Presentation is loading. Please wait.

Presentation is loading. Please wait.

Implementing the Self-Sufficiency Matrix Updated 8/1/2011.

Similar presentations

Presentation on theme: "Implementing the Self-Sufficiency Matrix Updated 8/1/2011."— Presentation transcript:

1 Implementing the Self-Sufficiency Matrix Updated 8/1/2011

2 Staff Training Tool For Minnesota LTH Programs Based on Abt Associates Training and Michigan’s Implementation

3 Training Overview What is the self-sufficiency matrix? Using the matrix assessment Minnesota implementation Self-sufficiency domains and flowcharts Reporting Next steps

4 Background One of many assessment tools used to measure need, target services, and evaluate supportive service provision. First implemented by The Arizona Homeless Evaluation Project and now used by many other states, cities and counties. This Self-Sufficiency Matrix was tested for validity and reliability.

5 Types of Assessments Assessments are completed for each adult and unaccompanied youth in the household 3 types of assessments: »Entry »Interim »Exit

6 The Self-Sufficiency Matrix Two Key Features: 18 domains Client’s status on each domain is measured on a 5-point scale Note: The domains do not cover every possible life domain. The 5-point scale will not fit all unique situations – choose the closest response.

7 DomainScale 1. Housing 1 = In Crisis 2 = Vulnerable 3 = Safe 4 = Building Capacity 5 = Empowered 2. Employment 3. Income 4. Food 5. Childcare 6. Children’s Education 7. Adult Education 8. Health Care Coverage 9. Life Skills 10. Family/Social Relations 11. Mobility 12. Community Involvement 13. Parenting Skills 14. Legal 15. Mental Health 16. Substance Abuse 17. Safety 18. Disabilities

8 Using the Matrix Who: All adults and unaccompanied youth. When: Complete assessments upon program entry, and then at specified time intervals, and at exit. Why: The matrix can be an excellent engagement tool and will provide valuable information on participant needs and outcomes, as well as program benchmarks and outcomes.

9 How to complete the matrix: Different programs have different guidelines: ▪ Long-term Homelessness Programs (LTH) ▪ Family Homelessness Prevention and Assistance Program (FHPAP) – details explained in separate PowerPoint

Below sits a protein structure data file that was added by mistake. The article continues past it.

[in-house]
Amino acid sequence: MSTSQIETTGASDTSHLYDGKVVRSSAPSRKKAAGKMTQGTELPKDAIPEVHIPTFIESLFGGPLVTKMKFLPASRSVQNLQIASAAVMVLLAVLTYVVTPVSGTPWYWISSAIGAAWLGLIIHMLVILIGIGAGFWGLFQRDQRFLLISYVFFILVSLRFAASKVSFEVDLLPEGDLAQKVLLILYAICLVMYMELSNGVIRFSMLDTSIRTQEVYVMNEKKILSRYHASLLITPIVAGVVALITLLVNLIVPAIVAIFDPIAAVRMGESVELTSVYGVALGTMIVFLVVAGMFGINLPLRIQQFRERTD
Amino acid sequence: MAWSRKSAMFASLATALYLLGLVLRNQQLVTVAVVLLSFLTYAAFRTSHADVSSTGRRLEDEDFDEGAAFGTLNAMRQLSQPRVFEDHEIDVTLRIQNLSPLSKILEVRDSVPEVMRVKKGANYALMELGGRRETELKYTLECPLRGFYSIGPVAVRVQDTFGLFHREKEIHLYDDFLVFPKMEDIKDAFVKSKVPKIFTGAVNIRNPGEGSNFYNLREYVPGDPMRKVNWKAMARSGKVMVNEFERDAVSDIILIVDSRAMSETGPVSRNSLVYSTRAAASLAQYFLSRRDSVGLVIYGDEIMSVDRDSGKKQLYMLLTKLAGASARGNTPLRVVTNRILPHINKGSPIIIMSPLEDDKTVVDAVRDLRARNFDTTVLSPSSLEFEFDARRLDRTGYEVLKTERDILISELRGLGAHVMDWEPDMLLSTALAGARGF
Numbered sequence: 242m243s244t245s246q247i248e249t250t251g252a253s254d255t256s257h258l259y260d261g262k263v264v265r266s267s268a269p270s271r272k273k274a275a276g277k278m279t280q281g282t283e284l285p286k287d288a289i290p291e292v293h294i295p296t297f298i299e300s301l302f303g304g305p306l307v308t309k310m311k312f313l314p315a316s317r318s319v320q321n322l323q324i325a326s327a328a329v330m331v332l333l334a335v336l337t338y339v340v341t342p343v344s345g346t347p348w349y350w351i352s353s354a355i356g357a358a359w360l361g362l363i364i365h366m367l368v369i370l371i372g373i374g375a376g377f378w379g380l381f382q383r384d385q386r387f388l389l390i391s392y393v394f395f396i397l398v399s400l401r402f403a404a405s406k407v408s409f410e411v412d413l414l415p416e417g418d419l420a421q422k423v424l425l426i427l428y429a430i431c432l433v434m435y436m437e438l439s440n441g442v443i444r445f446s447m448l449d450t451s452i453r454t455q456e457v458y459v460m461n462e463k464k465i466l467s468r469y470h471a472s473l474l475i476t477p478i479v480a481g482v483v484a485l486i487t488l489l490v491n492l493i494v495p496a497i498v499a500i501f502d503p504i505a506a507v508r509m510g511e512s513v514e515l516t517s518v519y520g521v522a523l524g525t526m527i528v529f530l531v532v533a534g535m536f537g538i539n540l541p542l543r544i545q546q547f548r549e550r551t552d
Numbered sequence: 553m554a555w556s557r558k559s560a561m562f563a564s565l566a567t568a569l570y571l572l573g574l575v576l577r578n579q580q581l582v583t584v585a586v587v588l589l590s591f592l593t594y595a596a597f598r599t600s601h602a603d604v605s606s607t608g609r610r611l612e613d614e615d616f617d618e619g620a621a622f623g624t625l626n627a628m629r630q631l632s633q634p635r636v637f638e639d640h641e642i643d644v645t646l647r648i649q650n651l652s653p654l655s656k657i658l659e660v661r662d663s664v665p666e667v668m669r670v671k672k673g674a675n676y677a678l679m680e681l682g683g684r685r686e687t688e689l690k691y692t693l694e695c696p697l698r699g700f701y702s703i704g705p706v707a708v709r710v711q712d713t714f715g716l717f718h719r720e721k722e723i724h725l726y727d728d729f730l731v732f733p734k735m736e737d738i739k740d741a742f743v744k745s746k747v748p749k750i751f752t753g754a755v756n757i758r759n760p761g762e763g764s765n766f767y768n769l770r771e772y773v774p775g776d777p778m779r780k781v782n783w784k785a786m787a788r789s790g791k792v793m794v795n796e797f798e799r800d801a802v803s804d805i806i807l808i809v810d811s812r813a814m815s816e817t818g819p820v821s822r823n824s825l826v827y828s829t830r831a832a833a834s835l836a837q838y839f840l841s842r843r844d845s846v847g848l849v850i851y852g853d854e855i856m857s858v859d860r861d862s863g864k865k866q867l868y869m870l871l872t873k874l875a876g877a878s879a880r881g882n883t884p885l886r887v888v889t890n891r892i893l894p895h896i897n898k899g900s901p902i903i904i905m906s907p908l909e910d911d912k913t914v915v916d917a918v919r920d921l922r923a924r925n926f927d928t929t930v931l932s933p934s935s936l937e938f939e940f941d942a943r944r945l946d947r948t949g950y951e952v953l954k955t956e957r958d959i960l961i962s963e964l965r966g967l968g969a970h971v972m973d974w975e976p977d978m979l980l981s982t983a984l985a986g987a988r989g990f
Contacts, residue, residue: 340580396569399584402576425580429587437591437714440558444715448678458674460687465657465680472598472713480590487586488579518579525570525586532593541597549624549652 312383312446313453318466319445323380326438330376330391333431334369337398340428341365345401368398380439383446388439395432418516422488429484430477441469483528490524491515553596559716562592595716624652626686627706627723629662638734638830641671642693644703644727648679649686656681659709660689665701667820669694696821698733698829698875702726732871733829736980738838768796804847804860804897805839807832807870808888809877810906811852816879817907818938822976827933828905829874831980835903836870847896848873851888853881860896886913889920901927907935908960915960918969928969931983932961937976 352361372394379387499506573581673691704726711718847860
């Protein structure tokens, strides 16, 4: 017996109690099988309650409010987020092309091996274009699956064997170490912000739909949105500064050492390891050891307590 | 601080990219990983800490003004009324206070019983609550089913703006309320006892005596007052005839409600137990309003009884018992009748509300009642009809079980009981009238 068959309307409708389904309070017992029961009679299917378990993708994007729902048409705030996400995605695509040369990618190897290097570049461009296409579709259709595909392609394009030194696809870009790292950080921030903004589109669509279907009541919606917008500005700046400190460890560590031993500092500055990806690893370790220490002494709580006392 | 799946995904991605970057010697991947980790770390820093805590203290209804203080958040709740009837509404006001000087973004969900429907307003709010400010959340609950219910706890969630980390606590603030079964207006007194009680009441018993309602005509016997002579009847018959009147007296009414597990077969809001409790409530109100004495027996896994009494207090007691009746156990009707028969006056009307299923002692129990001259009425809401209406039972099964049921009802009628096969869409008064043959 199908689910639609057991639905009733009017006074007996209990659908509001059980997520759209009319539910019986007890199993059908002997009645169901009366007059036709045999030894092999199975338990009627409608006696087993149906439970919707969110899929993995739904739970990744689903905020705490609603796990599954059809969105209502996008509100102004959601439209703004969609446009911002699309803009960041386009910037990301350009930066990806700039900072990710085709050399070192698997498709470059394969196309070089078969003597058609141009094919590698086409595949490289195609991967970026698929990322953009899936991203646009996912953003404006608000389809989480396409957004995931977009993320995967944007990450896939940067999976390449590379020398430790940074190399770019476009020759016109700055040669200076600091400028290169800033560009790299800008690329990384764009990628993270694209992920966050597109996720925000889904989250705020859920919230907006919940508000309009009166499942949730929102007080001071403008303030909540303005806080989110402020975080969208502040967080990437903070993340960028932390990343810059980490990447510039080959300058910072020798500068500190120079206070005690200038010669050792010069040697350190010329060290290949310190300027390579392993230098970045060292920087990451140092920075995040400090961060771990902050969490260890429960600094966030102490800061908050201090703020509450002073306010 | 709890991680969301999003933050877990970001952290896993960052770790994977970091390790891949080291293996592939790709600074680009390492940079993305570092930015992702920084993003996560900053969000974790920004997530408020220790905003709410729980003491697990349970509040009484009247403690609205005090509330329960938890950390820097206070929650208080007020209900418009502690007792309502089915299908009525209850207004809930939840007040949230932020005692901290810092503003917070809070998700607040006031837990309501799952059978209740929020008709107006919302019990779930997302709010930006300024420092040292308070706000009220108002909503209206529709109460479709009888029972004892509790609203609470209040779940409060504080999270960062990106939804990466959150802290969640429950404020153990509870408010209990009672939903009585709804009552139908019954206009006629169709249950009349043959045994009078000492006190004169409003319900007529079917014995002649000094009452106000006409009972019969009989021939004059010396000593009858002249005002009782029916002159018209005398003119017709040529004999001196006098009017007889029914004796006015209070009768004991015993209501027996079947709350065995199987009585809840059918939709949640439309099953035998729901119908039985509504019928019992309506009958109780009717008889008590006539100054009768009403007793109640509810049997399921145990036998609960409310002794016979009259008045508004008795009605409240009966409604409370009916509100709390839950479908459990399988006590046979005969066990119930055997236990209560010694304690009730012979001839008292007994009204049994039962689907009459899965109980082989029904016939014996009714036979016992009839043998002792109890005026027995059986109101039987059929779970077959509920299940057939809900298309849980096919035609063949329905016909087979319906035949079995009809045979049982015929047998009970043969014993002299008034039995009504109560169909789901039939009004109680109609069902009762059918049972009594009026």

10 Assessment Timelines - LTH 1.Initial assessments should be completed for all new participants effective July 1, 2011. 2.Back date initial assessments for existing participants (based on entry date) by September 30, 2011. Use case notes and information from other service staff for scoring. 3.The interim assessment should be scheduled for the next 6 month anniversary of the participant entry date. 4.Refer to the timeline chart for participants already in the program.

11 How to complete the matrix: Entry ▪ At entry: Complete within 3 weeks of program entry. Measure the person’s status before entering the program. ▪ Select one and only one status level in each of the domains. ▪ If you or the participant feel that the best score is somewhere between two numbers, score using the lower number.

12 How to complete the matrix: Interim ▪ Interim: Assess every 6 months after entering program. ▪ Recommend adapting the assessment into existing service practice. ▪ Best practice is to complete the assessment with the participant. ▪ If you and the participant feel that the best score is somewhere between two numbers, score using the lower number.

13 How to complete the matrix: Exit ▪ Exit: Complete as close to actual program exit as possible. ▪ Assessment based on domain status after exit from the program. ▪ If a participant re-enters the same program, the exit assessment should be re-entered in HMIS as an interim assessment. Then complete a new interim assessment for the re-entry date.

14 Matrix Assessment Tips ▪ The process for completing the assessment may vary. It may be entered directly into the computer or done on paper; in conversation with the participant, by observation and case notes. Do what works best! ▪ After working with a participant for a time, service providers sometimes find that they did not score a participant accurately on the initial entry assessment (because of undisclosed information, e.g., chemical health). Assessment scores should be re-done if the provider discovers new information.

15 Minnesota Matrix Implementation Minnesota Pilot – select implementation from July 2010 through June 2011. Feedback from users to inform broader implementation. July 2011 – all LTH programs and FHPAP programs begin matrix assessment. Data from the matrix will be entered in HMIS. Reports due twice a year (Feb. and Aug.)

16 Self-Determination and Skills The 18 Domains in the Self-Sufficiency Matrix